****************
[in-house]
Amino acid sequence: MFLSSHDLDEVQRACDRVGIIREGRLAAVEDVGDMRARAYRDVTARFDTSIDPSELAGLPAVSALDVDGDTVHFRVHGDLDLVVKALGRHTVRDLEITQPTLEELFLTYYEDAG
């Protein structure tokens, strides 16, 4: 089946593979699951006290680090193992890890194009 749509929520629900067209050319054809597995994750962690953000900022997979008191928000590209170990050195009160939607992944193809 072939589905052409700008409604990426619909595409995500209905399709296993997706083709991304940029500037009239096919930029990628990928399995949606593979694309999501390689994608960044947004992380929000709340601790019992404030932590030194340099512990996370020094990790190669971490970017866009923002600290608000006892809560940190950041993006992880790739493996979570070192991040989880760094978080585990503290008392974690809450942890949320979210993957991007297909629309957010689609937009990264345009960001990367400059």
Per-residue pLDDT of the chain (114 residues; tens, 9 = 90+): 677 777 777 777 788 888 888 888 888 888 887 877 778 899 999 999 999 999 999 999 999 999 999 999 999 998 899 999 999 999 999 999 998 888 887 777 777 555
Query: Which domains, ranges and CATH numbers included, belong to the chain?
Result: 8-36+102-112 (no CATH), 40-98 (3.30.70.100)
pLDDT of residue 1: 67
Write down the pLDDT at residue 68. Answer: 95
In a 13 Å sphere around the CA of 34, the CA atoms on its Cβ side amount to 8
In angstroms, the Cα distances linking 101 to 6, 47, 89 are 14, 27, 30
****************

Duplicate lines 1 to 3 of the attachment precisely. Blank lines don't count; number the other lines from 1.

[in-house]
Amino acid sequence: MFLSSHDLDEVQRACDRVGIIREGRLAAVEDVGDMRARAYRDVTARFDTSIDPSELAGLPAVSALDVDGDTVHFRVHGDLDLVVKALGRHTVRDLEITQPTLEELFLTYYEDAG
């Protein structure tokens, strides 16, 4: 089946593979699951006290680090193992890890194009 749509929520629900067209050319054809597995994750962690953000900022997979008191928000590209170990050195009160939607992944193809 072939589905052409700008409604990426619909595409995500209905399709296993997706083709991304940029500037009239096919930029990628990928399995949606593979694309999501390689994608960044947004992380929000709340601790019992404030932590030194340099512990996370020094990790190669971490970017866009923002600290608000006892809560940190950041993006992880790739493996979570070192991040989880760094978080585990503290008392974690809450942890949320979210993957991007297909629309957010689609937009990264345009960001990367400059």